This post is nothing like I planned. When I retreated to my rundown summer cottage on the North Fork of Long Island, I took along paleontologist Steve Brusatte’s new book, The Rise and Reign of the Mammals: A New History From the Shadow of the Dinosaurs to Us (2022). Brusatte’s a wonderful writer of popular science, offering graceful prose and clear exposition. His previous book, The Rise and Fall of the Dinosaurs (2018), is one of the best I’ve read in that genre (deserving a review of its own).
But, no review here, and, mostly, no mammals either, not even mice (which comfortably, if messily, overwintered in a couple of dressers). Instead, flora are at the center of this unplanned post (quite unplanned and it shows).
My intentions were deflected by three things. The first two, ironically enough, came directly from Brusatte’s own book in which he makes a couple of startling and important points regarding plants, observations that for me were point-of-view shifting.
The first comes when he describes how, in the late Carboniferous Period, amniotes found themselves favored over amphibians by dramatic changes in the environment, changes that precipitated the so-called Carboniferous Rainforest Collapse (roughly 307 to 303 million years ago). (Amniotes are those animals whose embryonic development occurs inside amnion tissue either within eggs or the uterus.) A much drier climate upended the rainforests whose flora were replaced by more drought tolerant plants. The overall impact on plants was devastating. It’s what Brusatte writes about the context of this plant extinction that was eye-opening for me.
All told, about half of the Pennsylvanian plant families were extinguished. This is one of only two mass extinctions recognized in the plant fossil record. (p. 15, emphasis added)
Wait, what? Plants have only been through two mass extinctions while animals, I know, have five on their resume? This Carboniferous one for plants does not coincide with one for animals while the second plant mass extinction does, coming at the end of the Permian Period, one of the big five for animals. This difference between the experiences of plants and animals was news to me. It also immediately raised the question, why have plants come relatively unscathed through events that devastated animal life, events like the end-Cretaceous extinction that occurred in the non-avian dinosaurs?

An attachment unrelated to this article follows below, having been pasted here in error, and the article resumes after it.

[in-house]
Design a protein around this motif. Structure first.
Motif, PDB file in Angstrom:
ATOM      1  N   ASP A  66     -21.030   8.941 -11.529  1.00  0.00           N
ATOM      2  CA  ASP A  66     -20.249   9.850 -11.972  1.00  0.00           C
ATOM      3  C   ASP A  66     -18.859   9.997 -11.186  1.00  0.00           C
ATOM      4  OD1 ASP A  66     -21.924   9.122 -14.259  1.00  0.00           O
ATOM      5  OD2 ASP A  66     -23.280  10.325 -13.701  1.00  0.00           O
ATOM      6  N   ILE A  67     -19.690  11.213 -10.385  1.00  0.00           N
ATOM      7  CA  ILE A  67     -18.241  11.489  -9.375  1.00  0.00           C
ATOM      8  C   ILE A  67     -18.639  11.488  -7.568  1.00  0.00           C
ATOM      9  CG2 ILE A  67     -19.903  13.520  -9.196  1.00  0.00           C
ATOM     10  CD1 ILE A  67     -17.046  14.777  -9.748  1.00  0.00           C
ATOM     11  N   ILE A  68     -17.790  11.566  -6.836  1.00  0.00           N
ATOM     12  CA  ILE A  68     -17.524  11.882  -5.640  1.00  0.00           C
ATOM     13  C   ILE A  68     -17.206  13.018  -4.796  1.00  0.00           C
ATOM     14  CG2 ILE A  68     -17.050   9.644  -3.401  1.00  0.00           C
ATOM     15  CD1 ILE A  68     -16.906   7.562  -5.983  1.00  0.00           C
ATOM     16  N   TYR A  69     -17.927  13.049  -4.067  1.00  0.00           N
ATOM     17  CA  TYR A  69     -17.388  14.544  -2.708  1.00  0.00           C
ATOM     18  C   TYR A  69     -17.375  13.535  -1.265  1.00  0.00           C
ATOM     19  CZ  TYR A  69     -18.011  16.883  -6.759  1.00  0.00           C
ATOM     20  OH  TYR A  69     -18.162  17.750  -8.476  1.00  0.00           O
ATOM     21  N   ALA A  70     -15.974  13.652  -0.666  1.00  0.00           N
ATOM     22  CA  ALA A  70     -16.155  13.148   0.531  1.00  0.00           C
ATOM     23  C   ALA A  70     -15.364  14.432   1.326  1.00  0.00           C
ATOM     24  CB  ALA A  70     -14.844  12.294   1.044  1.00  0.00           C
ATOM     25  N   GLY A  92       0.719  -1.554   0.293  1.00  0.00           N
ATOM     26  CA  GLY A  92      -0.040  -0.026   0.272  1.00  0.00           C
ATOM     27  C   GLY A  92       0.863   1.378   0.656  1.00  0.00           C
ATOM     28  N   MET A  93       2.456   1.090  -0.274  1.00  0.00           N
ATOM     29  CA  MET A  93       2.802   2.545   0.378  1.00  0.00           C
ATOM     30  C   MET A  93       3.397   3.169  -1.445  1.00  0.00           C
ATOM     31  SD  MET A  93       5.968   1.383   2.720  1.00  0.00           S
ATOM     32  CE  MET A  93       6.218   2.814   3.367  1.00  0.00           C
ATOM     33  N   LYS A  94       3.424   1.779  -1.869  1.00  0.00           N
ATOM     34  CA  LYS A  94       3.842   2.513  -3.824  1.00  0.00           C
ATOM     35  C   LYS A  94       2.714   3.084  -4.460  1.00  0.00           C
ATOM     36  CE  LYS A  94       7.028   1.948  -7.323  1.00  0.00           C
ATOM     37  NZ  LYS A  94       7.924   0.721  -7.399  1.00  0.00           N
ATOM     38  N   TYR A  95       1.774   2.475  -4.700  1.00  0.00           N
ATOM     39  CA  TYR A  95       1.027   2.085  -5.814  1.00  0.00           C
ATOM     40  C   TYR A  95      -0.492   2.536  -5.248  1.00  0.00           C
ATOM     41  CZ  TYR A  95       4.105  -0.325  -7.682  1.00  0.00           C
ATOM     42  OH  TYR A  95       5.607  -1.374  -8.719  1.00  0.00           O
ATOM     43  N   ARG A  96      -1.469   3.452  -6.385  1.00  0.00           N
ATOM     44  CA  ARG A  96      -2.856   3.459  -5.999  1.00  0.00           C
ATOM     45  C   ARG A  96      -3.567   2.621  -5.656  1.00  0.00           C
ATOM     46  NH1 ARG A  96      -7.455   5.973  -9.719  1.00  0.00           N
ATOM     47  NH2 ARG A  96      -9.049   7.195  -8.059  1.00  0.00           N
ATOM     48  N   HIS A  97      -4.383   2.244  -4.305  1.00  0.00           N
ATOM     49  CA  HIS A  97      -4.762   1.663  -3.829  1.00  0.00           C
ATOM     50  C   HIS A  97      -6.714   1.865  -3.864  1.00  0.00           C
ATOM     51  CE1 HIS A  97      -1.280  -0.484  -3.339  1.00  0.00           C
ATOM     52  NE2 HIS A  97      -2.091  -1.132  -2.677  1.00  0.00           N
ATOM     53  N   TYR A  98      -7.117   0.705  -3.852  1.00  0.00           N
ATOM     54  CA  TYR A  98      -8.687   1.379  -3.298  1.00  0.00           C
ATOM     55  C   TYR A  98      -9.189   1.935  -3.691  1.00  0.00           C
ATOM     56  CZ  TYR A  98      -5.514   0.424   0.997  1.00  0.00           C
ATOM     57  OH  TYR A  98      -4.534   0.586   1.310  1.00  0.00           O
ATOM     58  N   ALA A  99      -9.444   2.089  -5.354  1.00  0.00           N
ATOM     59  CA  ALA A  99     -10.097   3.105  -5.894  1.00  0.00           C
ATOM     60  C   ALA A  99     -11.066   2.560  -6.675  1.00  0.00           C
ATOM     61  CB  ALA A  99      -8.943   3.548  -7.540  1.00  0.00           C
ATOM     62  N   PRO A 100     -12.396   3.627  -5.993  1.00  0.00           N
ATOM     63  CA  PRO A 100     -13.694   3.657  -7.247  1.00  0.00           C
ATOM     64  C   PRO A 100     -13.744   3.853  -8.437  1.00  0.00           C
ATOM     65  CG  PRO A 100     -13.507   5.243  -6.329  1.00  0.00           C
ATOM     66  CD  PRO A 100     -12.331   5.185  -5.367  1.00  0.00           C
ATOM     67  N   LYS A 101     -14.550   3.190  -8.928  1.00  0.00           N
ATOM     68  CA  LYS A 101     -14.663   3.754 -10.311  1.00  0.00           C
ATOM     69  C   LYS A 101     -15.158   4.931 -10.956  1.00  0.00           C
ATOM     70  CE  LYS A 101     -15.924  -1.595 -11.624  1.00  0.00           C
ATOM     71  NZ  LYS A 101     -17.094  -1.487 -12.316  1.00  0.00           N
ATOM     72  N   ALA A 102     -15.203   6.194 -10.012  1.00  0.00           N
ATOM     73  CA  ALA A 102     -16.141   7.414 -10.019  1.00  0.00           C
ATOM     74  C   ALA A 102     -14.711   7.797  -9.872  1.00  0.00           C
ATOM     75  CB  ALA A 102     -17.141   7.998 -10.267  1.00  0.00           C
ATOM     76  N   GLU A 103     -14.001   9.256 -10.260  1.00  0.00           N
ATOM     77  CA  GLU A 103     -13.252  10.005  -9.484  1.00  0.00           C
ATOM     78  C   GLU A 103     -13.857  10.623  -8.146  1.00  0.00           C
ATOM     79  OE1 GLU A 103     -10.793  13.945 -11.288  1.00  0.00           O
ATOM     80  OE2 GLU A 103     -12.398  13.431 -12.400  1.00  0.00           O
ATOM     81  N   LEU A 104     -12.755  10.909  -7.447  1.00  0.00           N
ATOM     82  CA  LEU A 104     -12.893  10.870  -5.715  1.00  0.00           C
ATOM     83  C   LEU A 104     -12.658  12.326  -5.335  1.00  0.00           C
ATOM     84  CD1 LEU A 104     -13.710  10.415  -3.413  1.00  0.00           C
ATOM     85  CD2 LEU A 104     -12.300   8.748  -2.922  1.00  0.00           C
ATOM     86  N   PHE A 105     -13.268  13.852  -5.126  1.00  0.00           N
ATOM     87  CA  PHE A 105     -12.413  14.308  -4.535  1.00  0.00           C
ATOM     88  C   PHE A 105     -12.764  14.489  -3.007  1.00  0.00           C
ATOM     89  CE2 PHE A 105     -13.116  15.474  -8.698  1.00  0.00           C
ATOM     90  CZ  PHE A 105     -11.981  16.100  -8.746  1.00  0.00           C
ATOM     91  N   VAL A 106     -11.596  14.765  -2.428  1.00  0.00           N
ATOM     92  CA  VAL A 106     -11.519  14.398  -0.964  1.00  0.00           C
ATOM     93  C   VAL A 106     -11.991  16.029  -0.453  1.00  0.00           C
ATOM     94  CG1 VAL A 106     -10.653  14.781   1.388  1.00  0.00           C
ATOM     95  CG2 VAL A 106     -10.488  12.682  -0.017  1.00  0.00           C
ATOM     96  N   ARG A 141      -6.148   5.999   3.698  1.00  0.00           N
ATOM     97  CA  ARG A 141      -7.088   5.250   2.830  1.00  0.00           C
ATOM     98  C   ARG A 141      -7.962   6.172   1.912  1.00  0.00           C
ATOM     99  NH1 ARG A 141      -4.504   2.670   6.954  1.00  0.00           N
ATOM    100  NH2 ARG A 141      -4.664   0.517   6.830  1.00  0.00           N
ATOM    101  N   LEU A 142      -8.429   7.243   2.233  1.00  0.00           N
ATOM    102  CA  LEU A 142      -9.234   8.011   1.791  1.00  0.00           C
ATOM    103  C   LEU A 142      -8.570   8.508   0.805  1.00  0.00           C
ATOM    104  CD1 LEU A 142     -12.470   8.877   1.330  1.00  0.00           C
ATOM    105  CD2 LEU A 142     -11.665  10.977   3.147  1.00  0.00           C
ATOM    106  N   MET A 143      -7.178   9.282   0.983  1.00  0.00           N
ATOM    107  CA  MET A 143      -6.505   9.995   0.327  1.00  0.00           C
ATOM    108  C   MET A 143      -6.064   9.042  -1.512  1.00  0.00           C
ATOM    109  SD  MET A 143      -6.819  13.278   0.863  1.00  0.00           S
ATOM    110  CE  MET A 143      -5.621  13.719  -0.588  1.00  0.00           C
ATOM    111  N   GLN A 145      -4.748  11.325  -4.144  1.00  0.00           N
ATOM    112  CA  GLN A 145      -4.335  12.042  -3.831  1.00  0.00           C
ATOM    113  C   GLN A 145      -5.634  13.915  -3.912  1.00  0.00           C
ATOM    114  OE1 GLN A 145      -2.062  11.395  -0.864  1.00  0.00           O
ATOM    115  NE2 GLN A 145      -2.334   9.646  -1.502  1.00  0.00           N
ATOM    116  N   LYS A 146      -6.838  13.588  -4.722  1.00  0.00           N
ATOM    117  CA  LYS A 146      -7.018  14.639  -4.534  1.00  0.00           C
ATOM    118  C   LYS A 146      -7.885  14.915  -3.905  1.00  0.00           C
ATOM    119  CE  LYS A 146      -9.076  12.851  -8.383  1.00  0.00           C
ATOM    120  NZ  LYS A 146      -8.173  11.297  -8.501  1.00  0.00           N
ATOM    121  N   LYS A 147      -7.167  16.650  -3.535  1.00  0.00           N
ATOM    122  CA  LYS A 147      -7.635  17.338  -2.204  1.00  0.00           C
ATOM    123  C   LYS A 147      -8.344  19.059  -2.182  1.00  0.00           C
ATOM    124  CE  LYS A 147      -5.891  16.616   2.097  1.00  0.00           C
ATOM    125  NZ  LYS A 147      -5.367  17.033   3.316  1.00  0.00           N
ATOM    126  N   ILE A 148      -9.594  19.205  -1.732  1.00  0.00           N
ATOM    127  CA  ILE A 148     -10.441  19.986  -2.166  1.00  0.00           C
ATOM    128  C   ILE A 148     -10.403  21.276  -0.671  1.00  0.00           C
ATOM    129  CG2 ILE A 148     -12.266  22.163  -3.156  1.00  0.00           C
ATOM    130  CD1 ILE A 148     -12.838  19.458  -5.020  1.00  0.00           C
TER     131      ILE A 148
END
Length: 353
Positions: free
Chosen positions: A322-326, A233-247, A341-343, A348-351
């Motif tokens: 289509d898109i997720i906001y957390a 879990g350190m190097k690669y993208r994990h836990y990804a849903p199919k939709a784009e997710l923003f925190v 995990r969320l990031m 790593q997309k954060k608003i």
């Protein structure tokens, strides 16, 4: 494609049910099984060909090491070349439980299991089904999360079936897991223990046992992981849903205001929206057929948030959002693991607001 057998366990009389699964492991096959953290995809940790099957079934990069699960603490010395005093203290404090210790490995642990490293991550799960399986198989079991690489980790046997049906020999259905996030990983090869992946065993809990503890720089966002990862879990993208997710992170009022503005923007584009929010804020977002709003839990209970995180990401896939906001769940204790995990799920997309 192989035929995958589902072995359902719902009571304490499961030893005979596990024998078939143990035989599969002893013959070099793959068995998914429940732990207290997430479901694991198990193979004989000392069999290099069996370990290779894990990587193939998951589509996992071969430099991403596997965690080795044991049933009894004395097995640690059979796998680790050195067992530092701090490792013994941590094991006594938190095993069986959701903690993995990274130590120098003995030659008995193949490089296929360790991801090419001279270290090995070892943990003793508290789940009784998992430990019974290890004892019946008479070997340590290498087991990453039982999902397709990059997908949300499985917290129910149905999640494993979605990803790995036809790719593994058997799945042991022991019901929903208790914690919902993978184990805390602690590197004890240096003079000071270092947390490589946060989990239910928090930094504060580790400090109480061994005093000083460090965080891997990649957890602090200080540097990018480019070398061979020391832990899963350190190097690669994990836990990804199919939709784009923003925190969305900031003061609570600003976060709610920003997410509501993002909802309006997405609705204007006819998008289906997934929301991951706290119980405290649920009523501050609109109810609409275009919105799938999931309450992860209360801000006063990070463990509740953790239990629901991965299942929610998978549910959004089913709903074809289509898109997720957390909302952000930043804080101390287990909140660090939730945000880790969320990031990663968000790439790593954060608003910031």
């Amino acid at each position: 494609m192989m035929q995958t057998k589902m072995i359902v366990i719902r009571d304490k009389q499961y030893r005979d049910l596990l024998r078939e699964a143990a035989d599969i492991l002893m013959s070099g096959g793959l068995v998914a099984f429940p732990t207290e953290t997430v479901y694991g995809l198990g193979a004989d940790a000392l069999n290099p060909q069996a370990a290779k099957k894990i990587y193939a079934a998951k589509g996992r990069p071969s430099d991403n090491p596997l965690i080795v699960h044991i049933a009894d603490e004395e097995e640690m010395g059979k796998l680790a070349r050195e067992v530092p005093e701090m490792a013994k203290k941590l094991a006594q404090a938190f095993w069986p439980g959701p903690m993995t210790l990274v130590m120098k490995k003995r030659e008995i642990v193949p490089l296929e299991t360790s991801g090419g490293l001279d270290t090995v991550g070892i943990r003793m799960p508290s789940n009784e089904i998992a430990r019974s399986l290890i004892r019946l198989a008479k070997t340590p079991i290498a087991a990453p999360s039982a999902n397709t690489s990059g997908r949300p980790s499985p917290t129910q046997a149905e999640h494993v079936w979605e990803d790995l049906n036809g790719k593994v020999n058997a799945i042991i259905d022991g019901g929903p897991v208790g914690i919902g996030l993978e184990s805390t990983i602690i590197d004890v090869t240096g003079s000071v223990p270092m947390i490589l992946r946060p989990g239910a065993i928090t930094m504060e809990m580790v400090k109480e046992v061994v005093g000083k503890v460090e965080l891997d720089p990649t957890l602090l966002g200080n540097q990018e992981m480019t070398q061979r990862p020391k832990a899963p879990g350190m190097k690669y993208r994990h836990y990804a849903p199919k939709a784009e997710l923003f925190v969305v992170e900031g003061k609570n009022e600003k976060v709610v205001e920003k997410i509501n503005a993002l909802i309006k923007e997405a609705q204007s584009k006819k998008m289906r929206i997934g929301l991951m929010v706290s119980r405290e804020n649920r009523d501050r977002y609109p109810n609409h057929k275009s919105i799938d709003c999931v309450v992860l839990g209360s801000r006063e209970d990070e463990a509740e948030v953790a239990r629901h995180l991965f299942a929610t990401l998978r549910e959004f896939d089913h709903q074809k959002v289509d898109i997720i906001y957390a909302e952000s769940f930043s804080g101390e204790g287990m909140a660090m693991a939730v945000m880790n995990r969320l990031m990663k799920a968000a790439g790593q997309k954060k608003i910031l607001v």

Brusatte cites a fascinating 2014 study by Borja Cascales-Miñana and Christopher J. Cleal in support of this assertion about plant extinctions (The Plant Fossil Record Reflects Just Two Great Extinction Events, Terra Nova, Vol. 26, Number 3, 2014). These authors suggest that plant taxa have proven, based on the fossil record, to be
far more resilient than animal taxa to many types of major ecological disturbance such as pollution caused by igneous province eruptions or bollide [asteroid or meteor] impact. (p. 198)
They posit that plants may be able to survive relatively short-lived environmental disturbances, that greatly affect animals, if plants’ seeds and spores have a viability that exceeds the duration of the disturbance.
This puts plants in a whole new light.
As if that weren’t enough, a second plant-related point Brusatte makes was also quite striking, ensuring that mammals would be displaced in this post. He describes the roles that plants have played in the evolution of animals. Yes, it’s a dance with all parties affected in some way, but Brusatte gives certain plants the lead. I was (to put it mildly) gob smacked when he called the widespread appearance of angiosperms (flowering plants) “the driving force of Cretaceous evolution.” (p. 135, Brusatte’s emphasis)
Like a maestro furiously sweeping her baton, the angiosperms steered the bugs, dinosaurs, mammals, and other animals in unanticipated new directions, leading an evolutionary movement that reshaped the earth. As a result, today angiosperms are dominant; they are, by far, the most abundant plant type in almost every terrestrial landscape on the planet. (p. 135)